- Neuromuscular disorders
- Central Nervous System disturbances
- Parkinson’s disease
- Tumor and Cerebrovascular Trauma
- Multiple Sclerosis
- Peripheral Neuropathy
- Myasthenia Gravis
- Skeletal Muscles Diseases
- Muscular Dystrophies
- Cricopharyngeal UES Dysfunction
- Obstructive lesions in the region such as tumors, esophageal web, Zenker’s diverticulum or conditions caused by certain medications.
- Extrinsic structural lesions such as Cervical spondylosis and Cervical masses.
Causes of Esophageal Dysphagia
Below are the main causes of esophageal dysphagia.
- Esophageal Web
- Enlarged Aorta
- Diffuse Esophageal Spasm
- Other Motility Disorders
- Hypertensive Lower Esophageal Sphincter
- Giant Left Atrium
- Substernal Thyroid
- Mediastinal Masses
- Enlarged Lymph nodes
- Lower Esophageal Ring
- Foreign Body stuck inside the region
- Esophageal Carcinoma
How Do They Diagnose Dysphagia?
If someone has difficulty in swallowing and has associated symptoms, he/she may be advised to undergo following diagnostic procedures to determine the cause and type of dysphagia.
One or more of the following tests may be advised.
- Barium swallow or Barium meal test
- Indirect Laryngoscopy
- MRI or Magnetic Resonance Imaging
- Esophageal Manometry
- Esophageal Scintigraphy
- Video Fluoroscopic Evaluation
- Endoscopic Examination and Esophageal Biopsy if necessary.
Treatment for Dysphagia
The treatment for dysphagia is mostly based on the cause of the disease.
However, the treatment commonly involves making adjustments to the type of food eaten on a daily basis and its consistency.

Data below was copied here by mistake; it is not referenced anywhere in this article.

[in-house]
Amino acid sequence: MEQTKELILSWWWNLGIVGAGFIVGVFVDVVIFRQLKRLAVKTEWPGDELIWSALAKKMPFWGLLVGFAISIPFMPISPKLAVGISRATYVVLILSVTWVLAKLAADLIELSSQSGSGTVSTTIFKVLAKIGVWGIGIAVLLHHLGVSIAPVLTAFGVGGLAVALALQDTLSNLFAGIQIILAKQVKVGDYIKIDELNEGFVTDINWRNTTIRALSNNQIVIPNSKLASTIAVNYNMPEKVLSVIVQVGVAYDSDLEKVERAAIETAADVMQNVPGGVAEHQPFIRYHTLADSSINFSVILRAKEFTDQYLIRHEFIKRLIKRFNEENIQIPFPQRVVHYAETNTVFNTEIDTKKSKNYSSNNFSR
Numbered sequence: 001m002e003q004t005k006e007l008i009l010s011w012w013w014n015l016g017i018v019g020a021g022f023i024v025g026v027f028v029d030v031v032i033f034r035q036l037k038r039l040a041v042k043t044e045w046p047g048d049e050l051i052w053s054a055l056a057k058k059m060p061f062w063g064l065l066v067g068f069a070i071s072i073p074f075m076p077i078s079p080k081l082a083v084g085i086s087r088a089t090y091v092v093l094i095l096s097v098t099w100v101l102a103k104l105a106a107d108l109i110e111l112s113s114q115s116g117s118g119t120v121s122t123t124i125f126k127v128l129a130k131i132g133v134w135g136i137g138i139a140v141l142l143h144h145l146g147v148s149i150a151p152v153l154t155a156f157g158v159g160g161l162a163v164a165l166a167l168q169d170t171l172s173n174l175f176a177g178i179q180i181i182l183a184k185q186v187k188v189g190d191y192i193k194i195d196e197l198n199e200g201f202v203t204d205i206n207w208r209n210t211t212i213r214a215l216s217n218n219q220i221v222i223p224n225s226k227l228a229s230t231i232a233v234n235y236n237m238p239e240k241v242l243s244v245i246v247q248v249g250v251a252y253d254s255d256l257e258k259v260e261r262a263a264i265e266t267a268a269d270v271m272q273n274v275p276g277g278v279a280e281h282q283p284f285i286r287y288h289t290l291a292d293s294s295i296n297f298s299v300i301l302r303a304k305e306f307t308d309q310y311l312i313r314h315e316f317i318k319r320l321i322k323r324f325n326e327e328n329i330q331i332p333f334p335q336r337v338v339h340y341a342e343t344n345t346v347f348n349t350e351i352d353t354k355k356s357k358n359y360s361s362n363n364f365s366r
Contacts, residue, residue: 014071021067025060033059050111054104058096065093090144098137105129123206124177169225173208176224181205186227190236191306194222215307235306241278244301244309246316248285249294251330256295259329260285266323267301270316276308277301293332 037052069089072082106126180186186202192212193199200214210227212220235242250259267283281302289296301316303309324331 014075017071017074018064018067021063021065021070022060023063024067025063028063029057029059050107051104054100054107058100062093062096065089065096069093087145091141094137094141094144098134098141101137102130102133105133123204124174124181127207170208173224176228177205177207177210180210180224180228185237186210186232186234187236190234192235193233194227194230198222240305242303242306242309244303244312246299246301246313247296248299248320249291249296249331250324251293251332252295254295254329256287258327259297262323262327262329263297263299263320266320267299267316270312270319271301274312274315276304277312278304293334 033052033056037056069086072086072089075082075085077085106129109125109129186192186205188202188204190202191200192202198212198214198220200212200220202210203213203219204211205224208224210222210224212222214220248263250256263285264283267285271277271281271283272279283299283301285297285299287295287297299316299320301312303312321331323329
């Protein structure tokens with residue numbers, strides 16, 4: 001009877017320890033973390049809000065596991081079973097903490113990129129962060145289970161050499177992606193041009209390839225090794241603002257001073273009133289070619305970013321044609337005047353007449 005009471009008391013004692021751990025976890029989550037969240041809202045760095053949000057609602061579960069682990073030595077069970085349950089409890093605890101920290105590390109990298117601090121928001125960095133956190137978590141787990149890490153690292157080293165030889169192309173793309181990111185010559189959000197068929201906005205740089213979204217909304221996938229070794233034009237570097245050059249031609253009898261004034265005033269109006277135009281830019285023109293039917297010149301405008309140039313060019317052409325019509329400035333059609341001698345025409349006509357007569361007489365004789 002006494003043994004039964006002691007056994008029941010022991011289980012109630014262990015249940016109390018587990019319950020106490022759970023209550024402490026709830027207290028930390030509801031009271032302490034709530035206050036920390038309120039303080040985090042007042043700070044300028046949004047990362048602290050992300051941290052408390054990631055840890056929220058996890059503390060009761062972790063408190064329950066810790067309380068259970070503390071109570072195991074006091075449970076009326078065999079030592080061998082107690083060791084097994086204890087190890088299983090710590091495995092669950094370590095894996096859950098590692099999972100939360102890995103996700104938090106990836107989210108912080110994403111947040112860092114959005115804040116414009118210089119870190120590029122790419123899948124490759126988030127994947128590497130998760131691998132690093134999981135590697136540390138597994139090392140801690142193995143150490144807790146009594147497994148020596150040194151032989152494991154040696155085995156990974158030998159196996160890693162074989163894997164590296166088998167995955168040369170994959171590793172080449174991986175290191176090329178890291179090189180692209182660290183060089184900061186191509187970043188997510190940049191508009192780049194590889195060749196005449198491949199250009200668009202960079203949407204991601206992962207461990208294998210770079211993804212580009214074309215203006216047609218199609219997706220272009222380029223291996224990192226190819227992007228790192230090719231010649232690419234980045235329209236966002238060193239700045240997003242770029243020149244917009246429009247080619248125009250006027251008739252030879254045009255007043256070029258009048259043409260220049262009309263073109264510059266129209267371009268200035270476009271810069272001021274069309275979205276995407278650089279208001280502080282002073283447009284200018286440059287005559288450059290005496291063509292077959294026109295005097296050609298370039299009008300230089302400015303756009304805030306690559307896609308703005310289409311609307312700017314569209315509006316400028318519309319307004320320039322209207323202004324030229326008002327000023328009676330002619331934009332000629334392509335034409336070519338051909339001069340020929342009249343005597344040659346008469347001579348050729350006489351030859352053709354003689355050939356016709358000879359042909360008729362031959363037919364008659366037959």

The exact food texture that needs to be swallowed by the patient will be decided by the doctors and dieticians only after conducting suitable tests/investigations. The food containing balanced vitamins and minerals along with some kind of laxative may be advised to facilitate swallowing.
If there is any discrepancy in the head and the neck position during swallowing, that needs to be rectified too.
If there are any obvious oral reasons that are causing dysphagia, the dental surgeon usually takes care of these conditions first, before referring the individual to other specialties.
Difficulty in swallowing caused due to the narrowing of the esophagus or strictures, the esophageal distension/dilatation may be carried out using balloons that are passed through an endoscope or using dilators.
People suffering from eosinophilic esophagitis may be treated using acid lowering agents or steroids.
Difficulty in swallowing caused by Achalasia may be managed with nonsurgical treatment like Pneumatic dilation or Botox or with surgical procedures such as Heller myotomy, Fundoplication or Peroral endoscopic myotomy (POEM).
In cases of tumors, surgical removal may be required in most cases. In the case of Carcinomas, an interdisciplinary approach among the doctors may be followed, for the proper management of the condition.
The need for surgery and the type of surgery is usually decided by the Gastro Enterologist and/or a general surgeon.
Even using substances like artificial saliva and other artificial lubricants may help the individual to swallow the food comfortably.
Difficulty in swallowing isn’t a common disease. If you or someone you know is suffering from such a condition please visit your dentist or the doctor immediately for consultation and treatment.
Diagnosing the disease and its cause at an early stage is very important to manage the condition effectively and efficiently.